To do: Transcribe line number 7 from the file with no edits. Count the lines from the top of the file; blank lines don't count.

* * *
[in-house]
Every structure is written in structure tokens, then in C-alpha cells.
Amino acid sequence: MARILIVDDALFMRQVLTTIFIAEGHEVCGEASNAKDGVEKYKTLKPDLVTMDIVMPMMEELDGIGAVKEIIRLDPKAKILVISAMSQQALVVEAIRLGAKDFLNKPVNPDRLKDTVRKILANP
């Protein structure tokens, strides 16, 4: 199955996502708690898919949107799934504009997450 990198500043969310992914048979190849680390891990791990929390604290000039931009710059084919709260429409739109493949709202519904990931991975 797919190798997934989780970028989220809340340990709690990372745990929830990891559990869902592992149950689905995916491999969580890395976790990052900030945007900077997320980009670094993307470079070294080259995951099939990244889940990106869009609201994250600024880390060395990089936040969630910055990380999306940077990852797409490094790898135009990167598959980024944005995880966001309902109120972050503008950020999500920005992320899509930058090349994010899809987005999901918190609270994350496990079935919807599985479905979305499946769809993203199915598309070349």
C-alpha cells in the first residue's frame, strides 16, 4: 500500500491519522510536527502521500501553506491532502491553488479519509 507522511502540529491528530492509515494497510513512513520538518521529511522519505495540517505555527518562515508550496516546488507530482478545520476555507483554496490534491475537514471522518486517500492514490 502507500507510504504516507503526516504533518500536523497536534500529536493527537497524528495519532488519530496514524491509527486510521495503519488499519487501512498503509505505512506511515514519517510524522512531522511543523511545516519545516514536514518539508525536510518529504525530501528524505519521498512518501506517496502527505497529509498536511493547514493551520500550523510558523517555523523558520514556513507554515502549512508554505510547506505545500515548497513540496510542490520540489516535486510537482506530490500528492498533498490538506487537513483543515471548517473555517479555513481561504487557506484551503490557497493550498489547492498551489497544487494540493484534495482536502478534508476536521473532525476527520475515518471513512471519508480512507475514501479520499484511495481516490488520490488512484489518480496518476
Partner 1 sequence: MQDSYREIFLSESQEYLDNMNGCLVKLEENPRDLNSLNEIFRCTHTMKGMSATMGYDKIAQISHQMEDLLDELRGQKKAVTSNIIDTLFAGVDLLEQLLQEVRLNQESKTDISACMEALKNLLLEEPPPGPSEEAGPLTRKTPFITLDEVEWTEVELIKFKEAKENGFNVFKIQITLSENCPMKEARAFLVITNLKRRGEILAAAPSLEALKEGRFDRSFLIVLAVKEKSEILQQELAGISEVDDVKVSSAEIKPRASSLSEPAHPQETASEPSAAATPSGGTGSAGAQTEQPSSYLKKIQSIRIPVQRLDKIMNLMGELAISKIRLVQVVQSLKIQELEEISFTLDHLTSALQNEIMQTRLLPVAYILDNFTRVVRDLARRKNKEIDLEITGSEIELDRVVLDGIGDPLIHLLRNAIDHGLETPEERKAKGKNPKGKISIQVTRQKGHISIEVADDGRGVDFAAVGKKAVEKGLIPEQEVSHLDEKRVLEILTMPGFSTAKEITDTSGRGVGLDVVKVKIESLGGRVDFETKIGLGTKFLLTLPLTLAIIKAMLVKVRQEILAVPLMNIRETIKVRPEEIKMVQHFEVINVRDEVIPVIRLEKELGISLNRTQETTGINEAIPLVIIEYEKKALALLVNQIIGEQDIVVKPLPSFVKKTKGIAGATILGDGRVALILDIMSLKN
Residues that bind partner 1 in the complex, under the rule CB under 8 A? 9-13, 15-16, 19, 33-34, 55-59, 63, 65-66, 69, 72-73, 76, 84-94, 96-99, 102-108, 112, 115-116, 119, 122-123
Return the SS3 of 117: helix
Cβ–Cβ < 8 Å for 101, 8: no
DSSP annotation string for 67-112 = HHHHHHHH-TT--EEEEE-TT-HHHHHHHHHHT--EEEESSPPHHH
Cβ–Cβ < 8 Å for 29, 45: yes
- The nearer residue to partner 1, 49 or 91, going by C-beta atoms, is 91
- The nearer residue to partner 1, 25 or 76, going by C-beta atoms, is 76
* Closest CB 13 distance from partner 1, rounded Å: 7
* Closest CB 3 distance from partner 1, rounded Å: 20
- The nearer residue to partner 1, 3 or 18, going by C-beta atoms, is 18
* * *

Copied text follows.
Residues that bind partner 1 in the complex, under the rule CB under 8 A? 9-13, 15-16, 19, 33-34, 55-59, 63, 65-66, 69, 72-73, 76, 84-94, 96-99, 102-108, 112, 115-116, 119, 122-123